Click on the map below to see more information:
Let Go: Trust + Forgiveness = the Love
With gratitude to my friend, Su. Thank you for asking.
From my understanding, eliminating the old ways is a process that can begin (and end) by invoking Sanat Kumara, Keeper of Universal Law, and the Universal Laws.
When we invoke the Laws, the old energy comes up to be looked at, experienced, let go.
As we do this, we are bringing in the new, Nova Being, Nova Earth.
Here is a daily invocation to get started:
I invoke Sanat Kumara and the Universal Laws of Change,
Transmutation, and Elimination for the old ways of being.
The old will arise — feeling is healing — allowing this to happen is cathartic.
During this process we can also:
Look in a mirror daily and say to our reflection,
“I trust and forgive you for everything . . .
for all judgements of . . .”
Write Love with the Violet Flame
on the ‘you’ in the mirror,
on physical situations,
on photos — personal, family, global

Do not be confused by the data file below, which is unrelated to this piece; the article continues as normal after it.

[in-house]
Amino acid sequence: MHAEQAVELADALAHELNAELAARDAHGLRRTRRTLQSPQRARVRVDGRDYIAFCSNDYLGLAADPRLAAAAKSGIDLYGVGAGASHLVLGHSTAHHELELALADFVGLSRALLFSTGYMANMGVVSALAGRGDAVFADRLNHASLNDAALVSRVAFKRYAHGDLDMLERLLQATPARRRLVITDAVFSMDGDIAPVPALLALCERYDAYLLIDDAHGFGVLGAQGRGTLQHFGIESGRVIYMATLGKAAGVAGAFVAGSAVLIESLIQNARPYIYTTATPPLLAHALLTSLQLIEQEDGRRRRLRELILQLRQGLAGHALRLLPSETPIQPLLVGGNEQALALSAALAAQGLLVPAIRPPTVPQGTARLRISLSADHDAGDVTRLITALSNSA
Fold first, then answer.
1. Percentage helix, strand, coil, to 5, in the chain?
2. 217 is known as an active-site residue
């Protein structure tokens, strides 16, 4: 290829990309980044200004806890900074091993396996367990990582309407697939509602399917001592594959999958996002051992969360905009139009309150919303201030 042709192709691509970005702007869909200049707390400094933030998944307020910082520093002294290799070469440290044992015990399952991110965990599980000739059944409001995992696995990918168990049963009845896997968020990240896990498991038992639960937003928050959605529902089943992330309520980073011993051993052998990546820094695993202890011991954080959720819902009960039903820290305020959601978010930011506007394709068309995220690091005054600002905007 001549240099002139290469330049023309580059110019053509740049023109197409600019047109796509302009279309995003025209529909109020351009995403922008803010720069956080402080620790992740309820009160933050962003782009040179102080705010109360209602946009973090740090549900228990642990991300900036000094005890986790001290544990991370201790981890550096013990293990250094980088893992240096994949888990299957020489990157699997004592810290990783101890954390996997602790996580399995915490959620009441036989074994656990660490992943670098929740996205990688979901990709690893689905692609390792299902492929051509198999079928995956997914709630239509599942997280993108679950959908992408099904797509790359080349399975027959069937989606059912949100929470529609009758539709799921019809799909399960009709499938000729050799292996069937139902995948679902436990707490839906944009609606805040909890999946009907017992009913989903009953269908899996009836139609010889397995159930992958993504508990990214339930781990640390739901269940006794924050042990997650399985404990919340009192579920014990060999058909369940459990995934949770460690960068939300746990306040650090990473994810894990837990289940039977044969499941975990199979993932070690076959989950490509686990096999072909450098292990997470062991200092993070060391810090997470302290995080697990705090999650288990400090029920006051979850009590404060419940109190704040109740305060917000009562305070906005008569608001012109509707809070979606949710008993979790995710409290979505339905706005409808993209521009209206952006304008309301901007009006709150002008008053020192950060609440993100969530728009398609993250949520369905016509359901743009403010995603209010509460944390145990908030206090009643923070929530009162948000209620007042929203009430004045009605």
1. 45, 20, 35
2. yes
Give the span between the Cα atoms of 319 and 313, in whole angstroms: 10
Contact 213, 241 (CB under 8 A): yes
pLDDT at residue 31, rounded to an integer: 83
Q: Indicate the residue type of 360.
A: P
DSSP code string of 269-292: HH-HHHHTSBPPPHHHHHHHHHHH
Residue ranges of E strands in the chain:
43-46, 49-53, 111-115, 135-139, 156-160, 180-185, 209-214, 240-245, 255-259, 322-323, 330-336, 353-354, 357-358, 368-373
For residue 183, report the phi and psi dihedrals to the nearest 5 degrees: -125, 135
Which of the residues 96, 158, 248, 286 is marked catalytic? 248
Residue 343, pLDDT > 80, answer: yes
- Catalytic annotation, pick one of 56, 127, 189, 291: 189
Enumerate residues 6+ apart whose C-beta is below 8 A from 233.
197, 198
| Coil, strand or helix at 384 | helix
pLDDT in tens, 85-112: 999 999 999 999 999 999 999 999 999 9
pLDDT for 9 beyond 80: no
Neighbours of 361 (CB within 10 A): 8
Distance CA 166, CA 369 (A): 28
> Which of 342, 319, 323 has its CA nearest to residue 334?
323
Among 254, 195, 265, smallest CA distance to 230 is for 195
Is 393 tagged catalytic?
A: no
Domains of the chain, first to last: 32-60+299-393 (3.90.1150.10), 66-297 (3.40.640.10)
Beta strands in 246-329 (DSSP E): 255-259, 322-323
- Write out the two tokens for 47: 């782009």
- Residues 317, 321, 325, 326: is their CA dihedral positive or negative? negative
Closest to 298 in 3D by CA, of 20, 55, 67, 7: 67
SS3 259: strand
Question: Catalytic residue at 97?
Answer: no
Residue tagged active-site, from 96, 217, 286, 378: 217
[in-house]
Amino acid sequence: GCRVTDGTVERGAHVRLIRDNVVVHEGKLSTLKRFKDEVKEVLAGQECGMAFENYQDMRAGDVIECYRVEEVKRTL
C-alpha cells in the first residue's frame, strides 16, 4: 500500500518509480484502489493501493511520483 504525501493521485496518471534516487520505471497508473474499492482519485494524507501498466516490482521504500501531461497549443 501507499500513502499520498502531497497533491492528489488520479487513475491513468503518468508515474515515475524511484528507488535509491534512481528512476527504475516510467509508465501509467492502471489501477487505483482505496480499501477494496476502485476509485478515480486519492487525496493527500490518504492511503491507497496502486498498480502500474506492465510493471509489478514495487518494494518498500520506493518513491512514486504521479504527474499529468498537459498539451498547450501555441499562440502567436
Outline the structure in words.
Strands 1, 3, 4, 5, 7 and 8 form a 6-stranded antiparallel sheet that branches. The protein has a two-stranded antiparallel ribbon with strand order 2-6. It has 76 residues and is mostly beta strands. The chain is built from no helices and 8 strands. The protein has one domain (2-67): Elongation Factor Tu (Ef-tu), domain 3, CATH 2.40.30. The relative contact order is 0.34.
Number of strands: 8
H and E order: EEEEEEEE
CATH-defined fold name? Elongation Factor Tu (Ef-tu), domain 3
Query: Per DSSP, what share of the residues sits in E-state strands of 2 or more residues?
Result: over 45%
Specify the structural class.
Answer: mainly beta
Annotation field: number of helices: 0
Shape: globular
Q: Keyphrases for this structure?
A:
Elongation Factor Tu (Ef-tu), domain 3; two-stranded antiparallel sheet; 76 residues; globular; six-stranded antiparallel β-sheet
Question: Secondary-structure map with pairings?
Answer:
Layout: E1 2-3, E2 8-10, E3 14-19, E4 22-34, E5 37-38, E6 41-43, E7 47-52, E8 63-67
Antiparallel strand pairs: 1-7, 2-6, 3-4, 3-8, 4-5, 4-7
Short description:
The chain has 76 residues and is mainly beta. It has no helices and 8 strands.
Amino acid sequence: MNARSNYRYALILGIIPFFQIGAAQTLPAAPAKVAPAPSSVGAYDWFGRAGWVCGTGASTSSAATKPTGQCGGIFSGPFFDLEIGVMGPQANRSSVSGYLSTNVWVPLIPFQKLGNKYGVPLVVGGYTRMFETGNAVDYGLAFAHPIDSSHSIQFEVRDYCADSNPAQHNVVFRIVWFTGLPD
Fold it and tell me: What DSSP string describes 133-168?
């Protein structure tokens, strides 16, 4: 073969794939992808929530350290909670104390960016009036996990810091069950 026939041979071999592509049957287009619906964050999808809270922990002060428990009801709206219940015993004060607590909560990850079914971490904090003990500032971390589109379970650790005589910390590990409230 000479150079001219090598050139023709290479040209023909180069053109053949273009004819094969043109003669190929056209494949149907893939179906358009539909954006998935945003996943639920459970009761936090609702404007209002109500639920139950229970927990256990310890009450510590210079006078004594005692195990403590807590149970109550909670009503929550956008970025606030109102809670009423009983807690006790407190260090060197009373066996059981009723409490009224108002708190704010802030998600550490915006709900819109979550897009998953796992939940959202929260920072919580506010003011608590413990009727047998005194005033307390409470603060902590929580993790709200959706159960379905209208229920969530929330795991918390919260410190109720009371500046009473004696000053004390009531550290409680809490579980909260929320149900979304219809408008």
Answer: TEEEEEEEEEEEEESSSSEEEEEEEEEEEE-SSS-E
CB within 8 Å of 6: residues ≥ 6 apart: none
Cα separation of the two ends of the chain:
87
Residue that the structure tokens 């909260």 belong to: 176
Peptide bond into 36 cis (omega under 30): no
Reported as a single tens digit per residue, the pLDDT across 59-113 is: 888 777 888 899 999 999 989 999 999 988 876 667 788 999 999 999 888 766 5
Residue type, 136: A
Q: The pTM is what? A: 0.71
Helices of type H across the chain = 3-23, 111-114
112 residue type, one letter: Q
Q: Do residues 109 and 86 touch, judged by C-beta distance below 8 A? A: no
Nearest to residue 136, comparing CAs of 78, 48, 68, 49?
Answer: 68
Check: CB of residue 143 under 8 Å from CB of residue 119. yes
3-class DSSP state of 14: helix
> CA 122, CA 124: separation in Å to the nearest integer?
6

In daily meditation listen for next steps,
that all/our past
is/was in Divine order,
f o r g i v i n g everything
from a place of non-judgement.
Practicing c o m p a s s i o n
by apologizing to, and forgiving,
those in need of this, connected to us,
helps with the rectification of old injuries.
Trust + Forgiveness = the Love
Be the brightness of your pink!
With consistent daily meditation, invocation of the Laws, and also p a u s i n g to feel the old as it comes up (even setting a phone timer is an idea, every couple of hours to check in, understanding this is a process) we become Nova Being.
Now is the time to let go — trust and forgive — be the Love.
I Am Trust
I Am Forgiveness
I Am the Love
(1) Archangel Michael’s Plea for Peace Now Meditation, channeled by Linda Dillon September 21, 2015, https://www.youtube.com/watch?v=9rcH1FZ1jfo
Meditation starts at 10:00.
At 17:53, Archangel Michael reminds us,
“What it takes is you claiming your creator self, in sacred union with us, and deciding right now, ‘Enough!’
“We will proceed and we will anchor not merely as an act of will, as an act of creation, but an act of Love.”